Sunday, June 24, 2012

Breast cancer survivor OK?d for topless swim - Fri, 22 Jun 2012 PST

June 22, 2012 in Health, Region

Manuel Valdes Associated Press

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Jodi Jaecks, 47, pressed for months to swim topless in a city pool after her double mastectomy made wearing swim tops painful. The Seattle Parks and Recreation Department has decided to allow Jaecks to swim topless in a public pool. Parks Superintendent Christopher Williams says there?s nothing to alarm the public, so the department decided to make an exception to its dress policy for public?pools.
(Full-size photo)

SEATTLE ? A Seattle breast cancer survivor whose breasts were surgically removed has gained the permission to swim topless at a city?pool.

But Jodi Jaecks, 47, wants to make sure her privilege is also extended to other breast cancer survivors who want to swim?comfortably.

?Initially when I heard about the reversal, I was elated. Then it came that it wasn?t a policy change, it was just an exception for me. Then I was quite deflated. It seemed like it was a reaction that it was just meant to appease me,? Jaecks said?Thursday.

Seattle Parks and Recreation Superintendent Christopher Williams announced Wednesday that he was giving Jaecks an exception to the department?s clothing?policy.

?Our original concern stems from our responsibility to accommodate the needs of all our patrons. In this case, I see nothing that might alarm the public,? Williams said in a statement. He was reacting to an article about Jaecks that was published in the Stranger weekly newspaper, which also ran a picture of her?topless.

Parks spokeswoman Dewey Potter said Thursday that Williams has decided to create a committee made up of cancer survivors, parks staff, King County health representatives and others to come up with a new?policy.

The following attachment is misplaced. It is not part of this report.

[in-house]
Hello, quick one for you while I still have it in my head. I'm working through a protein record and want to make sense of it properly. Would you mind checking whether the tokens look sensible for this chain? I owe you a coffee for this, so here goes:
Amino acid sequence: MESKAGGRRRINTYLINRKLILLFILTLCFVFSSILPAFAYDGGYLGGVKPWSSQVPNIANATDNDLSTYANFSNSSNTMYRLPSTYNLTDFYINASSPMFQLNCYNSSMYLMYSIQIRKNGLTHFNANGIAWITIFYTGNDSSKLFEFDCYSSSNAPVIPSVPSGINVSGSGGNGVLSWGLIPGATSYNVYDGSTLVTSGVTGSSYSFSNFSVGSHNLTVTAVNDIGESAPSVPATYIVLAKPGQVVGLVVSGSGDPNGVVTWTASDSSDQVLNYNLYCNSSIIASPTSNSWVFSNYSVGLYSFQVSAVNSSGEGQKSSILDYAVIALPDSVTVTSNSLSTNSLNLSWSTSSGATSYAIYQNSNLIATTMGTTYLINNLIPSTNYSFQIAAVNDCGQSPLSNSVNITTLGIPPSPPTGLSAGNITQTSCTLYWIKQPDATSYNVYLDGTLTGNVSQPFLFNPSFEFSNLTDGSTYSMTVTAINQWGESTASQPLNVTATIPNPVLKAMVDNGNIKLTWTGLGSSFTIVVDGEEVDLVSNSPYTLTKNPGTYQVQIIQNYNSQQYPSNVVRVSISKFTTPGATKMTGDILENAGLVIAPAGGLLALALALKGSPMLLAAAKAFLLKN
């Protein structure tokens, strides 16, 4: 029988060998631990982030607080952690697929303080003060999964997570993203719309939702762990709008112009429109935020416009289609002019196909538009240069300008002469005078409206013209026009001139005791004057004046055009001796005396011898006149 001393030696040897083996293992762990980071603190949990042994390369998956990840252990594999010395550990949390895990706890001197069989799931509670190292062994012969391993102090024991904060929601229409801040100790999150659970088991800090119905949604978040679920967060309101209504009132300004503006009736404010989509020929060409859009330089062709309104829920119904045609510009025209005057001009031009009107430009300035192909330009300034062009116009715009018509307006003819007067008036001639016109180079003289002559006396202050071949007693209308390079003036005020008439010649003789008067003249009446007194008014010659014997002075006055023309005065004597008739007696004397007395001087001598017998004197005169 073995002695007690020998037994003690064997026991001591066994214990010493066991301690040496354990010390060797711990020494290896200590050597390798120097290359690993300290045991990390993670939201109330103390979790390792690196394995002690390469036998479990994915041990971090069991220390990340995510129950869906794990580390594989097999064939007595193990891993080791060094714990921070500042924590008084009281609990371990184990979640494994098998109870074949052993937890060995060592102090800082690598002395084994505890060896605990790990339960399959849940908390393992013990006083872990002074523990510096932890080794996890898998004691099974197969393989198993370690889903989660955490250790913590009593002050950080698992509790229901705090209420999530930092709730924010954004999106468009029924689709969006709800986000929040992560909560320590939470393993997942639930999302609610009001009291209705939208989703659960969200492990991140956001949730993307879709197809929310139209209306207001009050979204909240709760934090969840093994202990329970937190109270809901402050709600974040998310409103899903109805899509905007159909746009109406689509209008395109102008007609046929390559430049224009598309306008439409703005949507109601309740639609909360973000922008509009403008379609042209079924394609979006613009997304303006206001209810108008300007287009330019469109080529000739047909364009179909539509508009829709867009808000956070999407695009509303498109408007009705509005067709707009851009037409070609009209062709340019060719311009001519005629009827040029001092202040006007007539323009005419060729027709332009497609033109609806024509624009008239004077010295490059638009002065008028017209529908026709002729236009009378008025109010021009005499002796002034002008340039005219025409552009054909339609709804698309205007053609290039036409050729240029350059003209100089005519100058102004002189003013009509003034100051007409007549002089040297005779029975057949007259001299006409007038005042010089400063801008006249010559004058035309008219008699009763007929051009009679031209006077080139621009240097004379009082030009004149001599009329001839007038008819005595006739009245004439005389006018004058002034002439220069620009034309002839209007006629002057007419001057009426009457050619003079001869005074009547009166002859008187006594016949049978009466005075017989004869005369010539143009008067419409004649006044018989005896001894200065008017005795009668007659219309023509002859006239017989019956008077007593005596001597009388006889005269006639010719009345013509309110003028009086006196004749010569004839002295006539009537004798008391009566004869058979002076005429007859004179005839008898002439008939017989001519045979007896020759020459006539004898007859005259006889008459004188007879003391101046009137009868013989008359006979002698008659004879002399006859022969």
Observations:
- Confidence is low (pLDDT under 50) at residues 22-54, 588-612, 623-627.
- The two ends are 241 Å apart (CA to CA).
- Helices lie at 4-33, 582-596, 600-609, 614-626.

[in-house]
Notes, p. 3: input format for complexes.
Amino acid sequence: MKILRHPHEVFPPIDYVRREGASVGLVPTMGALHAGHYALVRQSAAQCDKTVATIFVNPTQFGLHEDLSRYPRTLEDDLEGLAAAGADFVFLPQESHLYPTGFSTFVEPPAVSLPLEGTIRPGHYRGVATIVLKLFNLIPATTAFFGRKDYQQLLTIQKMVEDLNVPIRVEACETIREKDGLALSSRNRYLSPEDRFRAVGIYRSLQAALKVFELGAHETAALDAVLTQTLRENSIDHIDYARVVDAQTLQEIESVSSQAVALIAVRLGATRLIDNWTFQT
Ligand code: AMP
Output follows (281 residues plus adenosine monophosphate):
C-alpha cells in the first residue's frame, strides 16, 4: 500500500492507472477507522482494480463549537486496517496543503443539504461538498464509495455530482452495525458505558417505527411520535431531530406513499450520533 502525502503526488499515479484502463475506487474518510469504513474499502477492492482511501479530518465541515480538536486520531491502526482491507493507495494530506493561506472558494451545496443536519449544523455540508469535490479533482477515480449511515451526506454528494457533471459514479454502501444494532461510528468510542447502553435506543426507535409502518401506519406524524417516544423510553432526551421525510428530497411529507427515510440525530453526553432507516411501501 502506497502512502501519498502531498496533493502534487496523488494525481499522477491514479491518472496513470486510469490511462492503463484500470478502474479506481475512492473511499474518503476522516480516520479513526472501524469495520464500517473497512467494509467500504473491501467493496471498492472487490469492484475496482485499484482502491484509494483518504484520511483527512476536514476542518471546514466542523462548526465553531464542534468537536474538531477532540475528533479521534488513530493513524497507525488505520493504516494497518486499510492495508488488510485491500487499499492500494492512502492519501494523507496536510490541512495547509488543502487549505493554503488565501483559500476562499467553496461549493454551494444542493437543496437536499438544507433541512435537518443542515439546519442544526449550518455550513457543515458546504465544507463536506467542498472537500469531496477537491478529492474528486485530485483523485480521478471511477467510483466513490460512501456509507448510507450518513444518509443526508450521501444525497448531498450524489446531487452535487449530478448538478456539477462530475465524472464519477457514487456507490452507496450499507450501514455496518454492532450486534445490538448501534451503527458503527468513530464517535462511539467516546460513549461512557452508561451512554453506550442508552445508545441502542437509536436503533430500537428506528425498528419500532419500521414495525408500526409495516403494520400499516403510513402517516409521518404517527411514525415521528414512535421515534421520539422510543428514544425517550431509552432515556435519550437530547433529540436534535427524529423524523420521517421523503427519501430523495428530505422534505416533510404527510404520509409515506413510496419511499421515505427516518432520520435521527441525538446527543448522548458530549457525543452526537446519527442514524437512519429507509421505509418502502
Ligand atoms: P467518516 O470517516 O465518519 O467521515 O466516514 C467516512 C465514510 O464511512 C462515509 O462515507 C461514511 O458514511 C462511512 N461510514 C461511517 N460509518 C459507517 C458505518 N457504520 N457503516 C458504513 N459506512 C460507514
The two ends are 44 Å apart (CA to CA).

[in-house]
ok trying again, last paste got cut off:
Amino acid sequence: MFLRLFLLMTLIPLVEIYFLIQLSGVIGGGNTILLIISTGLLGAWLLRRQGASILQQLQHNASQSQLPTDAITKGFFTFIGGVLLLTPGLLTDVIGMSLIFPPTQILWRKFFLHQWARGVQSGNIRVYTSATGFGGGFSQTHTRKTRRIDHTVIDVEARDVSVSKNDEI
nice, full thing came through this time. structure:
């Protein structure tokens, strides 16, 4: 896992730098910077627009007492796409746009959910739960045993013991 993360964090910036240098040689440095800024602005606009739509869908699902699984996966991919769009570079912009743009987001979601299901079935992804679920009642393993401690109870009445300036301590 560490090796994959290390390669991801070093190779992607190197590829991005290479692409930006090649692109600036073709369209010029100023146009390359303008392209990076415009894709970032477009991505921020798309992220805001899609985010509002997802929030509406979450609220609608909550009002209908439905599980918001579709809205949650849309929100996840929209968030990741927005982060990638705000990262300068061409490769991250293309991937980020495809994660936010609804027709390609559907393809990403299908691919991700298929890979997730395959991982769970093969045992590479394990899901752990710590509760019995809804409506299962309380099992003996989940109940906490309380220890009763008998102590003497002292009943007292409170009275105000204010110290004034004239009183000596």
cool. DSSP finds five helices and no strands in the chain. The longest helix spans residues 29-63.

Until a new policy is written, Williams will review on a case-by-case basis requests from people who have had surgery and want to?swim.

After enduring two surgeries, rounds of chemotherapy and the surgical removal of both her breasts in March 2011, Jaecks wanted to turn to swimming to regain her strength. But swimsuit tops proved too uncomfortable, and nerves on her chest remained tender, Jaecks?said.

So she asked the manager at her city pool if she could swim topless this past March. Eventually, she heard from the head of the aquatics department, who told her she?couldn?t.

?And that?s when they said it was a policy that they required gender-appropriate clothing ? regardless if I had nipples or whatever,? Jaecks?said.

Potter said pool staff was following city policy. But she said it was ?unfortunate? the issue didn?t get to Williams? attention until?now.

She is planning a swim Monday. Her exception extends only to adult lap?hours.

She plans to meet with Williams next week and ask that her exception be extended to anyone who survived breast cancer. Jaecks said cancer patients shouldn?t be made to feel self-conscious by having to ask for special?permission.

? Copyright 2012 Associated Press. All rights reserved. This material may not be published, broadcast, rewritten, or redistributed.

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